Sloth rectangle

Linné’s two-toed sloths spend most of their lives hanging upside down from tree branches.  They have long legs that end in curved claws for gripping (2 on the front feet, 3 on the back).  Their undercoat of short, fine fur provides warmth, while their grayish-brown overcoat provides camouflage due to the growth of green algae.  Two-toed sloths have long bodies and short necks with 5 neck vertebrae (most mammals have 7).  Their internal organs are anchored to the ribs and arranged differently than in other mammals to support their hanging lifestyle.  Sloth teeth grow continuously and lack enamel.  Due to the tannins in their food, their teeth turn black over time.  Sloths are most closely related to anteaters.

Diet: All sloths are folivores, specialized herbivores that primarily eat leaves.  They may also consume twigs, buds, fruit, and even rodents and insects on occasion.  Since leaves have fairly low nutritional value, sloths spend 15-18 hours a day sleeping and move very slowly to conserve energy.  Their digestive system is also very slow; it takes up to 30 days for food to pass through their system.  Leaves can have poisonous compounds, and slower digestion helps detoxification.  Sloths have a four-chambered stomach and rely on gut bacteria to help digest plant matter.

In the Wild: Linné’s two-toed sloths live high in the canopies of the Amazon rainforest, only venturing down for two reasons: releasing waste (once or twice a week) and switching trees.  Their muscles are adept at pulling motions, not pushing, so they are unable to stand or walk.  Instead, they must drag themselves along the ground with their front legs.  They are good swimmers, however, and will often wait for flooding to swim to a nearby tree.  Due to their reduced muscle mass, sloths cannot effectively shiver; instead, they sunbathe to warm up.  They also have the lowest and most variable body temperature of any mammal at 74-92°F (24-33°C).  Two-toed sloths are primarily nocturnal and solitary.  When a baby (pup) is born, it climbs onto mom’s belly and nurses for 4-5 weeks.  It will begin to eat leaves ~10 days old, and will remain with mom for 9-12 months.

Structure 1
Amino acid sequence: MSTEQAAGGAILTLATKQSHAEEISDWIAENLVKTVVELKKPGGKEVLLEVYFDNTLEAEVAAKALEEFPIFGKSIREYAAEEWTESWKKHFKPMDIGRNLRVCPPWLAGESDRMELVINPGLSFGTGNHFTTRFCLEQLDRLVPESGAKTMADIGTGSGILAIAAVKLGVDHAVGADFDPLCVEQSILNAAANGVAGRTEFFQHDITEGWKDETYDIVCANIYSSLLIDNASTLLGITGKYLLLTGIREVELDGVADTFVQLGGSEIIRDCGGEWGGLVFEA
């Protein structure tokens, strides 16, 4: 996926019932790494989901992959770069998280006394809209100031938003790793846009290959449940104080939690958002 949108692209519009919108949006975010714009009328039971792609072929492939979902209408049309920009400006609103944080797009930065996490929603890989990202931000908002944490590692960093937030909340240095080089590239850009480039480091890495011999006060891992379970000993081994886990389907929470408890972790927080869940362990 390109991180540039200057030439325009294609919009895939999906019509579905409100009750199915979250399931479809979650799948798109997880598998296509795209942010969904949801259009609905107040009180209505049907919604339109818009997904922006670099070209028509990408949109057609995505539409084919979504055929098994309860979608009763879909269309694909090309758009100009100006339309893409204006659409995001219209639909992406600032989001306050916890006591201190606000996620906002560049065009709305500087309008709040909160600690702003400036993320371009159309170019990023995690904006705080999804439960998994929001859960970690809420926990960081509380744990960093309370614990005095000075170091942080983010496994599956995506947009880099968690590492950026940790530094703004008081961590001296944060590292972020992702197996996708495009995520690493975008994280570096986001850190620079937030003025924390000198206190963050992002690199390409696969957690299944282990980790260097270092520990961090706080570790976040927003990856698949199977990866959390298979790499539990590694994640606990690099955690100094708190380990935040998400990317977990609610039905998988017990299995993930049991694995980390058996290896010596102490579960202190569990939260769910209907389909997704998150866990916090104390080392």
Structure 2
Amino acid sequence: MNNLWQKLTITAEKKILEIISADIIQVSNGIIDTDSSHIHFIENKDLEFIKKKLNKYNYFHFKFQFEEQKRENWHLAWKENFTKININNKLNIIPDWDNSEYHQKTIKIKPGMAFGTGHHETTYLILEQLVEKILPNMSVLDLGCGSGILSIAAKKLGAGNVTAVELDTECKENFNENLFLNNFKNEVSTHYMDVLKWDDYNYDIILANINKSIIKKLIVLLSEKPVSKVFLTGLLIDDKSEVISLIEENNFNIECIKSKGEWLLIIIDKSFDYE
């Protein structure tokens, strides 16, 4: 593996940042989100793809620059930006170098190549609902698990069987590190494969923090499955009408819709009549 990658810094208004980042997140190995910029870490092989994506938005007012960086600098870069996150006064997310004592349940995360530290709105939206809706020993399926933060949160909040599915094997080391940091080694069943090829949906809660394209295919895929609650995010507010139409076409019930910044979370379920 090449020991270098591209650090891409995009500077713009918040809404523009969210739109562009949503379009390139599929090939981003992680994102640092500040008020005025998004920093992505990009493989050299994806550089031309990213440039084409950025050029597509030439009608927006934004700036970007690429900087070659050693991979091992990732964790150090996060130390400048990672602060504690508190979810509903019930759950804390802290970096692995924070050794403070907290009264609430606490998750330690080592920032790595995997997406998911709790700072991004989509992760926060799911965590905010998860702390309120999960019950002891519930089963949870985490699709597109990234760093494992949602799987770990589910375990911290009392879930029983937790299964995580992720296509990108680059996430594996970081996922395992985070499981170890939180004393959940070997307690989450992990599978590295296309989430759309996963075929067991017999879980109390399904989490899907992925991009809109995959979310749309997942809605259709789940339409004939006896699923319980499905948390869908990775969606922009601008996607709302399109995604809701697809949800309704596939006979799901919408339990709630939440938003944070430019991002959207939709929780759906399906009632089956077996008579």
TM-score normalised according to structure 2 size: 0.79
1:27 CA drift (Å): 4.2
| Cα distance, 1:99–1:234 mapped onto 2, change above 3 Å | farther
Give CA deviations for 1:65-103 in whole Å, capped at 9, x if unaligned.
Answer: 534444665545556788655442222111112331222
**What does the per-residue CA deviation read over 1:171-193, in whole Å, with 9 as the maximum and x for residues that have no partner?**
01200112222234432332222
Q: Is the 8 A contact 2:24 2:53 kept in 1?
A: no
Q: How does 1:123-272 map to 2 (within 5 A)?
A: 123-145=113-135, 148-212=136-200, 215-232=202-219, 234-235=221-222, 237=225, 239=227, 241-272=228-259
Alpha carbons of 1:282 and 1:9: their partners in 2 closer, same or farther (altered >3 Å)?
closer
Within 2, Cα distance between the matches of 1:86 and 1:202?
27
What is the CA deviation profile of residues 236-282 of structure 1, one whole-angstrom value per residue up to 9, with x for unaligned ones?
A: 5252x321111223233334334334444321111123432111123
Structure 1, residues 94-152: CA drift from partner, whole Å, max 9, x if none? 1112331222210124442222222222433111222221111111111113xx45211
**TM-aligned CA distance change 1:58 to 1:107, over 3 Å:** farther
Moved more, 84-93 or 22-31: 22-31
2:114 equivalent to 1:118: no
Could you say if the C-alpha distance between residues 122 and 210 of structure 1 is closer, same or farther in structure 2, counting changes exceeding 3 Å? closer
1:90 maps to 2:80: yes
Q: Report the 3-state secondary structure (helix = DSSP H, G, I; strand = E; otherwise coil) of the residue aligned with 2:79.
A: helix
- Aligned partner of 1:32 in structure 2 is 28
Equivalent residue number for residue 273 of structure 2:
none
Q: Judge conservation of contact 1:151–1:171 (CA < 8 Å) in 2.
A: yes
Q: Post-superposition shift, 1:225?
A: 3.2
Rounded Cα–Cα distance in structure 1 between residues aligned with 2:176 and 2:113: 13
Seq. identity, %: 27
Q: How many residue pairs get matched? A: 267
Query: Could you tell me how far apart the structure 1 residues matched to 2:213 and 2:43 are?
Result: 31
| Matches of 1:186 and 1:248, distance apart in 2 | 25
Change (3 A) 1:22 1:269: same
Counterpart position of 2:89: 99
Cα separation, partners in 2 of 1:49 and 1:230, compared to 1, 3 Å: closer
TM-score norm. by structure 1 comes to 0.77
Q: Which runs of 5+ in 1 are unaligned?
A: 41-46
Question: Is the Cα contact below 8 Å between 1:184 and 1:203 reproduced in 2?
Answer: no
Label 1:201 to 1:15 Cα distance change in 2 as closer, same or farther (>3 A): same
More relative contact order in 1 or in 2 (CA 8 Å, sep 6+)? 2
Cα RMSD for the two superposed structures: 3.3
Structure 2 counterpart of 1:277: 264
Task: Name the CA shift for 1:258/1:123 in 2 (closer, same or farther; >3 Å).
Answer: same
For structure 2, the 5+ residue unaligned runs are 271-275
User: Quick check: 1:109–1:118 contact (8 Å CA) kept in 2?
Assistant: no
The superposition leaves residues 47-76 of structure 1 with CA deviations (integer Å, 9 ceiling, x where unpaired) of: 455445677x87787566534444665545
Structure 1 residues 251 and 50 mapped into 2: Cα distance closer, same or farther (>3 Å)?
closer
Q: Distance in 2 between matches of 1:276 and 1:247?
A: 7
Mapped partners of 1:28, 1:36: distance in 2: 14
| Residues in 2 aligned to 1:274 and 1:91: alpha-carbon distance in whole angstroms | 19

Conservation issues/actions: Natural predators of sloths include jaguars, ocelots, harpy eagles, and large snakes.  Linné’s two-toed sloth is listed as Least Concern by IUCN, but their population is decreasing due to habitat loss from wildfires and land use changes, illegal wildlife trade, and roadway mortality.  Rope bridges are being built across roads to reduce sloth traffic collisions, and conservation groups are working with electric companies to reduce the number of sloths falling victim to power lines.

At the Zoo:

The sloth at the Zoo is fed a variety of fresh produce and a specially formulated folivore chow.  In addition, he receives fresh browse (branches with leaves) that is hosed down with water.  This browse provides food and allows him to drink the water collected on the leaves like sloths do in the wild.  To mimic a rainforest climate, the indoor habitat is kept at 80-85°F (27-29°C) and 60% humidity.  On cold days, he stays inside for his comfort.  Branches and perches allow for natural movement and scent marking.  He spends most of his time curled up in one of his hides or foraging for food.

Classifications

Species Name:
Linné's Two-Toed Sloth
Scientific Name:
Choloepus didactylus
Continent:
South America
Proud Parents:
Debi & Dann Oebker
Janalee Gordon
Pattie Feder
Maureen Salz
Rebecca Hutchison
Aksel Farsjo
Katherine Cooke
Kinzey Vilchis
Aubrie
Pam & Buz Gokey
Alyssa Leo
Stella R. Knopp
Cas Kanne
Sarah M. Kim
Henry Kelvin Danielson
Desiree Cottet
Selena Keller
Gail Brown
Kathleen Bird
Kim Bogden
Ken Unwin
Leo Marcus
Arielle & Scott McGowan
Magdalena McGovern
Maria Talamante
Zoey Murphy
Jakatee Kim Pflueger
Christina Laurent
Zoe Bouman
Brianna McDonley
Elova Phan
Patricia Le Foll
Barrett Quick
Alex Newman
Susan Rubin
Dr. Kraig Yager